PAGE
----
Amanda Groombridge Accountant

Many individuals are consistently generous in their support of charitable organisations. What are the tax implications of charitable donations?

Broadly speaking, donations by individuals to a charity are tax free. You can make donations in various ways, including through Gift Aid, or from your wages or pension through a Payroll Giving scheme.

A charity can claim Gift Aid at 25% on donations if the individual has filled in a valid Gift Aid declaration form and has paid more tax than the amount of Gift Aid reclaimable.

Gift Aid donations ‘extend’ the basic rate tax band by the Gift Aid grossed up amount.

For Example:
•    £50,000 basic rate band - £12,570 Personal Allowance = £37,430 (taxed at 20%)
•    If you donate £2,500, this is grossed up (increased by 25%) to make £3,125.
•    The basic rate band is then extended:
£37,430 + £3,125 = £40,555

This means another £3,125 is taxed at 20% instead of 40%, a total tax saving of £625 if your income is more than the extended basic rate band.

If someone is not paying higher rate tax (i.e their total income is £50,000 or less) the extension of the basic rate tax band does not actually achieve a tax saving, but their donations will still qualify for Gift Aid as long as they do not total more than what they have paid in tax for that tax year.

If you have been very tax efficient in the year and you have only paid £500 in tax, but have donated £2,500 to a charity, you will not have paid enough tax to cover the £625 Gift Aid claim that the charity can submit. Therefore, your individual tax bill will increase by £125 to enable the charity to reclaim the full amount of Gift Aid.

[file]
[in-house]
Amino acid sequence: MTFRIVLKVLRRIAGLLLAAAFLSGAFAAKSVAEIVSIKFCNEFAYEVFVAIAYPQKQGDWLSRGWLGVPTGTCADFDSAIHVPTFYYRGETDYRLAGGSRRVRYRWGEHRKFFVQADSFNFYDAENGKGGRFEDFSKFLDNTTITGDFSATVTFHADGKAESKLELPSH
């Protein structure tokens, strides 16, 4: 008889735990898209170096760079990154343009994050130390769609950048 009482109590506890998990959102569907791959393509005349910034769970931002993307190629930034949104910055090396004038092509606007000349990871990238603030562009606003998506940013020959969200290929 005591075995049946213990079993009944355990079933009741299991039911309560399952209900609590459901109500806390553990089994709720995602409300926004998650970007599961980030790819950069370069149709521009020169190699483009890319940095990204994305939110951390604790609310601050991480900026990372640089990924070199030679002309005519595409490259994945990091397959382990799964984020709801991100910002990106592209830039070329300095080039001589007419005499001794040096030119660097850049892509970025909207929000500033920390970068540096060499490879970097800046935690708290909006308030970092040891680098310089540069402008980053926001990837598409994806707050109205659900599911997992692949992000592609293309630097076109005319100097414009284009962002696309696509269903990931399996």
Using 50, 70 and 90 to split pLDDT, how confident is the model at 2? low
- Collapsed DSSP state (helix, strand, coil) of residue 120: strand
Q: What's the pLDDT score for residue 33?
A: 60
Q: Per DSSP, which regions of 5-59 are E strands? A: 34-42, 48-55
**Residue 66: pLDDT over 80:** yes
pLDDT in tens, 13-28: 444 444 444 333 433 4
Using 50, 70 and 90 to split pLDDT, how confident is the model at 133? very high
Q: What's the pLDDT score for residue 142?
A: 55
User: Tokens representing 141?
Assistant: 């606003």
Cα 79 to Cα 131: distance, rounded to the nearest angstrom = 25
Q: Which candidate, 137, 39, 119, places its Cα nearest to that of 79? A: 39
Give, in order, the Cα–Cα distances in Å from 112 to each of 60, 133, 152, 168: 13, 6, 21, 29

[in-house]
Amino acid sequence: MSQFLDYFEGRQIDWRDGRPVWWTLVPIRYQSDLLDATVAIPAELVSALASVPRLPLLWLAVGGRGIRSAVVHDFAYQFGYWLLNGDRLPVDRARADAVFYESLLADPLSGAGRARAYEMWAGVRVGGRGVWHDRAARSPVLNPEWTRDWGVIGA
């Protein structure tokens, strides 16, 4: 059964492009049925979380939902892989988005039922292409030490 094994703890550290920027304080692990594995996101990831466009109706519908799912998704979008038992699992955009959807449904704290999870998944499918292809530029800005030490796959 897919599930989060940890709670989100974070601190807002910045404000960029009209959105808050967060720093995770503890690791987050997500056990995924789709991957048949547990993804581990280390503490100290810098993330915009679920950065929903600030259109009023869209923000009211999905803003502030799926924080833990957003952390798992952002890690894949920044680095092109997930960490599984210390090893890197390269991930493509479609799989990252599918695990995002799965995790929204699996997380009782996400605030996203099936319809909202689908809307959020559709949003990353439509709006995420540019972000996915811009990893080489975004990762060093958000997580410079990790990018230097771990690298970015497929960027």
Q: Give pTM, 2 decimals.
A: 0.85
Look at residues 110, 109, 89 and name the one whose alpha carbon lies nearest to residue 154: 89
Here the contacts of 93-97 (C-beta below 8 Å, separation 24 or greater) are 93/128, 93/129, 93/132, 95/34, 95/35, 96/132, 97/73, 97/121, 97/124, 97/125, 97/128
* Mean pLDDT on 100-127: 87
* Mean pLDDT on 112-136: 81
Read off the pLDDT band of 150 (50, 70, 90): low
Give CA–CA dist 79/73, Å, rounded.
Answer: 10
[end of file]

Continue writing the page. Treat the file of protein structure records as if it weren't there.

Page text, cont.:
So be careful – if you think you are going to be in a situation where the tax you pay is less than the Gift Aid claimable on your donations, it may be better if you are a company director to make the donations through your company rather than individually, as otherwise it will actually cost you tax.

If your income is taxed through PAYE (Pay As You Earn) you may be able to use a Payroll Giving scheme to donate to charitable organisations.

The donation is deducted before tax is calculated, but after National Insurance is calculated and deducted from your income. The tax relief you receive depends on the rate of tax you pay. To donate £1, you pay: 
•    80p if you’re a basic rate taxpayer
•    60p if you’re a higher rate taxpayer
•    55p if you’re an additional rate taxpayer

If you need any further help or advice on Gift Aid, donations or charitable finance, why not contact us and one of our consultants will be happy to answer any questions you may have.

Please note: This article is provided for information only and was correct as at time of writing (17/06/21). Lists and details provided above are not exhaustive and not intended to be full and complete tax guidance.  No action should be taken without consulting detailed legislation or seeking independent professional advice. Therefore no responsibility for loss occasioned by any person acting or refraining from action as a result of the material contained in this article can be accepted.